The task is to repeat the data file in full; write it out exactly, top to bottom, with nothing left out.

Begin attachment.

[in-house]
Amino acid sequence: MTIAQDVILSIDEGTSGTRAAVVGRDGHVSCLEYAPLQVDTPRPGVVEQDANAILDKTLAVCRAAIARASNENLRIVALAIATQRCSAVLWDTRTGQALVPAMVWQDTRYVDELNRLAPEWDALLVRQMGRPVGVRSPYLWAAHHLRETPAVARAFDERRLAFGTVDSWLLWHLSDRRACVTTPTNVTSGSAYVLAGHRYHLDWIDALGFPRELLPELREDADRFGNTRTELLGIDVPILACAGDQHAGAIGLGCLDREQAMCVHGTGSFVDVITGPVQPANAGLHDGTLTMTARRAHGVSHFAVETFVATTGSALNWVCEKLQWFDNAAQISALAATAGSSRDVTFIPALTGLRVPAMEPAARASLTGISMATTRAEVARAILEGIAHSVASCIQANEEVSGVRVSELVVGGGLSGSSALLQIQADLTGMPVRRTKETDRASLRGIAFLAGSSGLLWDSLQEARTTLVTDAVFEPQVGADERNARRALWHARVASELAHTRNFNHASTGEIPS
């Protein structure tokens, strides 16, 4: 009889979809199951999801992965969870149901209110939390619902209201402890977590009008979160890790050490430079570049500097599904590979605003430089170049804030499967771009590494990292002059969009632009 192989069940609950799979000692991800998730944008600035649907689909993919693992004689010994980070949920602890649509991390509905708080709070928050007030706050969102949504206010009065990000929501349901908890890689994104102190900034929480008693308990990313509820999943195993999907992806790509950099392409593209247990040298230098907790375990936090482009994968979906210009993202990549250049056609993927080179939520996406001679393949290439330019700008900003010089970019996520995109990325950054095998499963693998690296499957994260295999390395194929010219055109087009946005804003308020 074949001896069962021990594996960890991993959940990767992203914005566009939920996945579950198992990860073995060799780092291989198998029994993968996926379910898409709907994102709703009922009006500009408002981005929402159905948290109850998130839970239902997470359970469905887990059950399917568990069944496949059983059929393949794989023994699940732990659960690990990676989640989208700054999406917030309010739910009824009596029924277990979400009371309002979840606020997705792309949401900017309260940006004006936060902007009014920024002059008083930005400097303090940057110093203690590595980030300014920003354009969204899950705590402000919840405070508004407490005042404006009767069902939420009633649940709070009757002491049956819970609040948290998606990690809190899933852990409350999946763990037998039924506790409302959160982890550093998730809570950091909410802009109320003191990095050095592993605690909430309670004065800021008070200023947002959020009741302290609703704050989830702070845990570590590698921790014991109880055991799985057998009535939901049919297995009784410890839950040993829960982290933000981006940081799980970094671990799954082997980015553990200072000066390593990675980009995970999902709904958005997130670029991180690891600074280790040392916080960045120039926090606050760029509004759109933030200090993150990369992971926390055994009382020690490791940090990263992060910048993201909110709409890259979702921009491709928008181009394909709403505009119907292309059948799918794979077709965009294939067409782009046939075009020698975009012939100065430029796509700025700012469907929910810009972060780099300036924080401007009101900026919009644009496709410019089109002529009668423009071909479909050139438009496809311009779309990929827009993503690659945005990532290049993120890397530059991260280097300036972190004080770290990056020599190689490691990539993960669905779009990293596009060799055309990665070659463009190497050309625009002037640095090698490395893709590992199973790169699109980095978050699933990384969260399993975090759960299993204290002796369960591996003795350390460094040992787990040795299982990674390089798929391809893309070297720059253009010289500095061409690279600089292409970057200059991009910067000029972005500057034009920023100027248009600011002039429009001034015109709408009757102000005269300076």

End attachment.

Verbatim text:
[in-house]
Amino acid sequence: MTIAQDVILSIDEGTSGTRAAVVGRDGHVSCLEYAPLQVDTPRPGVVEQDANAILDKTLAVCRAAIARASNENLRIVALAIATQRCSAVLWDTRTGQALVPAMVWQDTRYVDELNRLAPEWDALLVRQMGRPVGVRSPYLWAAHHLRETPAVARAFDERRLAFGTVDSWLLWHLSDRRACVTTPTNVTSGSAYVLAGHRYHLDWIDALGFPRELLPELREDADRFGNTRTELLGIDVPILACAGDQHAGAIGLGCLDREQAMCVHGTGSFVDVITGPVQPANAGLHDGTLTMTARRAHGVSHFAVETFVATTGSALNWVCEKLQWFDNAAQISALAATAGSSRDVTFIPALTGLRVPAMEPAARASLTGISMATTRAEVARAILEGIAHSVASCIQANEEVSGVRVSELVVGGGLSGSSALLQIQADLTGMPVRRTKETDRASLRGIAFLAGSSGLLWDSLQEARTTLVTDAVFEPQVGADERNARRALWHARVASELAHTRNFNHASTGEIPS
């Protein structure tokens, strides 16, 4: 009889979809199951999801992965969870149901209110939390619902209201402890977590009008979160890790050490430079570049500097599904590979605003430089170049804030499967771009590494990292002059969009632009 192989069940609950799979000692991800998730944008600035649907689909993919693992004689010994980070949920602890649509991390509905708080709070928050007030706050969102949504206010009065990000929501349901908890890689994104102190900034929480008693308990990313509820999943195993999907992806790509950099392409593209247990040298230098907790375990936090482009994968979906210009993202990549250049056609993927080179939520996406001679393949290439330019700008900003010089970019996520995109990325950054095998499963693998690296499957994260295999390395194929010219055109087009946005804003308020 074949001896069962021990594996960890991993959940990767992203914005566009939920996945579950198992990860073995060799780092291989198998029994993968996926379910898409709907994102709703009922009006500009408002981005929402159905948290109850998130839970239902997470359970469905887990059950399917568990069944496949059983059929393949794989023994699940732990659960690990990676989640989208700054999406917030309010739910009824009596029924277990979400009371309002979840606020997705792309949401900017309260940006004006936060902007009014920024002059008083930005400097303090940057110093203690590595980030300014920003354009969204899950705590402000919840405070508004407490005042404006009767069902939420009633649940709070009757002491049956819970609040948290998606990690809190899933852990409350999946763990037998039924506790409302959160982890550093998730809570950091909410802009109320003191990095050095592993605690909430309670004065800021008070200023947002959020009741302290609703704050989830702070845990570590590698921790014991109880055991799985057998009535939901049919297995009784410890839950040993829960982290933000981006940081799980970094671990799954082997980015553990200072000066390593990675980009995970999902709904958005997130670029991180690891600074280790040392916080960045120039926090606050760029509004759109933030200090993150990369992971926390055994009382020690490791940090990263992060910048993201909110709409890259979702921009491709928008181009394909709403505009119907292309059948799918794979077709965009294939067409782009046939075009020698975009012939100065430029796509700025700012469907929910810009972060780099300036924080401007009101900026919009644009496709410019089109002529009668423009071909479909050139438009496809311009779309990929827009993503690659945005990532290049993120890397530059991260280097300036972190004080770290990056020599190689490691990539993960669905779009990293596009060799055309990665070659463009190497050309625009002037640095090698490395893709590992199973790169699109980095978050699933990384969260399993975090759960299993204290002796369960591996003795350390460094040992787990040795299982990674390089798929391809893309070297720059253009010289500095061409690279600089292409970057200059991009910067000029972005500057034009920023100027248009600011002039429009001034015109709408009757102000005269300076």